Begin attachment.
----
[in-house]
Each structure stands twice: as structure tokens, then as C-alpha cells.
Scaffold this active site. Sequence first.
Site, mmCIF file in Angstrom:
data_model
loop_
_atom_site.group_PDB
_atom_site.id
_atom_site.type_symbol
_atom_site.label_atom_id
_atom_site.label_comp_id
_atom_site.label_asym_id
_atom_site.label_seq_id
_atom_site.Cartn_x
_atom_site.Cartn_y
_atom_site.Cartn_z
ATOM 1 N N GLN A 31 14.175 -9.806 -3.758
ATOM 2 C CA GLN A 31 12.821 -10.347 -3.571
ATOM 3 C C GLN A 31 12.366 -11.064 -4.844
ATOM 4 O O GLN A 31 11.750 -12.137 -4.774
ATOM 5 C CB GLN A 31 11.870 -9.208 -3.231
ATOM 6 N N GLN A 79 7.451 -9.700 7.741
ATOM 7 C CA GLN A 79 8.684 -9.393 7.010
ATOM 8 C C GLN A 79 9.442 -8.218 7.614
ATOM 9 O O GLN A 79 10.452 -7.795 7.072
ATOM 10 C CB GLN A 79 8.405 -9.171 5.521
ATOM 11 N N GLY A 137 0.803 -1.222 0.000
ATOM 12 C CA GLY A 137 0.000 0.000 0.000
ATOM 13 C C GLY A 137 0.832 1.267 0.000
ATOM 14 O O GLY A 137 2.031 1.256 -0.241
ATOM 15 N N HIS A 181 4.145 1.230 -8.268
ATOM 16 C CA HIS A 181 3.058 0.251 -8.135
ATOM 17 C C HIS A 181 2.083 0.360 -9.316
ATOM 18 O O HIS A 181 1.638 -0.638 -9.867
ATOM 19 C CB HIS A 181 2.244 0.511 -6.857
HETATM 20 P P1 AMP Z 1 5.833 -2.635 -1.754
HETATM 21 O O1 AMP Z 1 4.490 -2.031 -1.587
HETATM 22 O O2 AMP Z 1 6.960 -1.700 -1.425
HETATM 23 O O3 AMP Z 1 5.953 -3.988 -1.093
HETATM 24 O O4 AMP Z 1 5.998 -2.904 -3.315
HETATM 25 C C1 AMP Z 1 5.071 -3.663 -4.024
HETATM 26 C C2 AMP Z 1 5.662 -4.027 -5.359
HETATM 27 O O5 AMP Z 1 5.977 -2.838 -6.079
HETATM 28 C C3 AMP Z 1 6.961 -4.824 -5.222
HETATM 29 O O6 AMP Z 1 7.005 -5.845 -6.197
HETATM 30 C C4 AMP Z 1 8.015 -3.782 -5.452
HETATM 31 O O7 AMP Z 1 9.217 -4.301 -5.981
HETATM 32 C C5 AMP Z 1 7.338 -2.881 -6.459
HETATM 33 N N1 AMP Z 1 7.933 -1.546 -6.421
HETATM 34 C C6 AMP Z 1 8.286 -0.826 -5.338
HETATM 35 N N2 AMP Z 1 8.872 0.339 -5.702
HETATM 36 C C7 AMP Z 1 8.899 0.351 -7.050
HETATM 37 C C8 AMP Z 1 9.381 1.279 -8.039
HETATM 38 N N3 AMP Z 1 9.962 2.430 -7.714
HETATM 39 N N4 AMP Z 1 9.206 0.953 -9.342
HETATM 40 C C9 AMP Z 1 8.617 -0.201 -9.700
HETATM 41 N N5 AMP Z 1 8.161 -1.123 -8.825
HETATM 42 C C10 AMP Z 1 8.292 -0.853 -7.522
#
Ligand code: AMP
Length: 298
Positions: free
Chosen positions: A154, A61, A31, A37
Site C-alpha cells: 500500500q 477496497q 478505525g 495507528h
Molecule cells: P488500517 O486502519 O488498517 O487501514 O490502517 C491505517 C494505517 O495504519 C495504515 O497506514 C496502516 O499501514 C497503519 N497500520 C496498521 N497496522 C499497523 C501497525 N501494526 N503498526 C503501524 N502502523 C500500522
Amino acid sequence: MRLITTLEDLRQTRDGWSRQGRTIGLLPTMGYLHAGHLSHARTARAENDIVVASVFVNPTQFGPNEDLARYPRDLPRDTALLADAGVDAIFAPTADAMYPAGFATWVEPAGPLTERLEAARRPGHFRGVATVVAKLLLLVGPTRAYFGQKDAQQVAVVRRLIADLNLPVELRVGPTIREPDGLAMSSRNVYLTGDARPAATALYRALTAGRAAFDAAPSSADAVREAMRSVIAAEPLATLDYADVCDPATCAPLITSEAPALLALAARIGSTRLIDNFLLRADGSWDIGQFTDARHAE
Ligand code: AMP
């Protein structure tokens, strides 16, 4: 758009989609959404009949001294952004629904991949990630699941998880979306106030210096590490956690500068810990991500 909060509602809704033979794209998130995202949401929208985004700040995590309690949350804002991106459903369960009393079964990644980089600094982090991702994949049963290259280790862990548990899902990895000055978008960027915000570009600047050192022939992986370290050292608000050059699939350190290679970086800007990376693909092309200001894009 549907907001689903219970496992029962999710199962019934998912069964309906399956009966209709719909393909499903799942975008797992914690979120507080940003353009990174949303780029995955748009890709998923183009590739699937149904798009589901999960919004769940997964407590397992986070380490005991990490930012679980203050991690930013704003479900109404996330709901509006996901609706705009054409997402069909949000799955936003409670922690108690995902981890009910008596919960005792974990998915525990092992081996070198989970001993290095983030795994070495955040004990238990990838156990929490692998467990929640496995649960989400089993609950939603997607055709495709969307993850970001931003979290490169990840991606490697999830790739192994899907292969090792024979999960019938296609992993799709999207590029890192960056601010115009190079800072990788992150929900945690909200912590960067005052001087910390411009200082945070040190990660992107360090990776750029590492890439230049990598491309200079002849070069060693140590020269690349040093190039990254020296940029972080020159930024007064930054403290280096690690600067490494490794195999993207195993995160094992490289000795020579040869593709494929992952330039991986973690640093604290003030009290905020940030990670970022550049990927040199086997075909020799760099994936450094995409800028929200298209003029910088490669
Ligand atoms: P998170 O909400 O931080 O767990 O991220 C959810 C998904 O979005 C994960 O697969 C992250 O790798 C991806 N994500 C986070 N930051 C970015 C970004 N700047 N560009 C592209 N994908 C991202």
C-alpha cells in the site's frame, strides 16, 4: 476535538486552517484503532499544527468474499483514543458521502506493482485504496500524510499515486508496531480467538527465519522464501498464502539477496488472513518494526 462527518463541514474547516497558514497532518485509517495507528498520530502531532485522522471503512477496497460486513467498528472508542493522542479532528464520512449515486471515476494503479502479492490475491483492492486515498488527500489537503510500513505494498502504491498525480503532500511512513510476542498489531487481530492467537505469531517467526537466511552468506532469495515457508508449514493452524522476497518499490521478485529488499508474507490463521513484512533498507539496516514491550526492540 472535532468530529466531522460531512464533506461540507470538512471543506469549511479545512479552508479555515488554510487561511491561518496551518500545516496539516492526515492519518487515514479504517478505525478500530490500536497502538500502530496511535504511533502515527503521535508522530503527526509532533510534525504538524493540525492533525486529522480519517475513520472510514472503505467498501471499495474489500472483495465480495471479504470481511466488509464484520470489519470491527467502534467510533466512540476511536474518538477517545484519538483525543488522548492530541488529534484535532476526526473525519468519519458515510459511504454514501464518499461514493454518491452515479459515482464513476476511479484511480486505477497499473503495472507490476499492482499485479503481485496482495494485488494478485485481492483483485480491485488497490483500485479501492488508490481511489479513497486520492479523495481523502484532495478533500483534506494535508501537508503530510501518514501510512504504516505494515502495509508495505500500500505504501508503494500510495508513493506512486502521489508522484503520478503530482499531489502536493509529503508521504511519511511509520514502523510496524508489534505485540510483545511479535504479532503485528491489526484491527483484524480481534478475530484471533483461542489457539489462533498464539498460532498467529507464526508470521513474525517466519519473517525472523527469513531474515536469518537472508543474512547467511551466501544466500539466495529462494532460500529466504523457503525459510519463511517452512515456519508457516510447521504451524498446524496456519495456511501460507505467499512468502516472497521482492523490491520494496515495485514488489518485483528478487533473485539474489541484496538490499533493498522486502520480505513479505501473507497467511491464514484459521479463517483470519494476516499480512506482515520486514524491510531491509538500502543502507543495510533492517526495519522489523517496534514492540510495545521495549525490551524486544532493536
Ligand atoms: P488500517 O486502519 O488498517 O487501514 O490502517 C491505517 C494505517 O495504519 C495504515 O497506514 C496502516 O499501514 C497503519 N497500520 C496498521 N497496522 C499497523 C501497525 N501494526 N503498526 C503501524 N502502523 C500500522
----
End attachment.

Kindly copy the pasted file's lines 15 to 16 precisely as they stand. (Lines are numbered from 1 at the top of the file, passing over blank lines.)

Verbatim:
_atom_site.Cartn_y
_atom_site.Cartn_z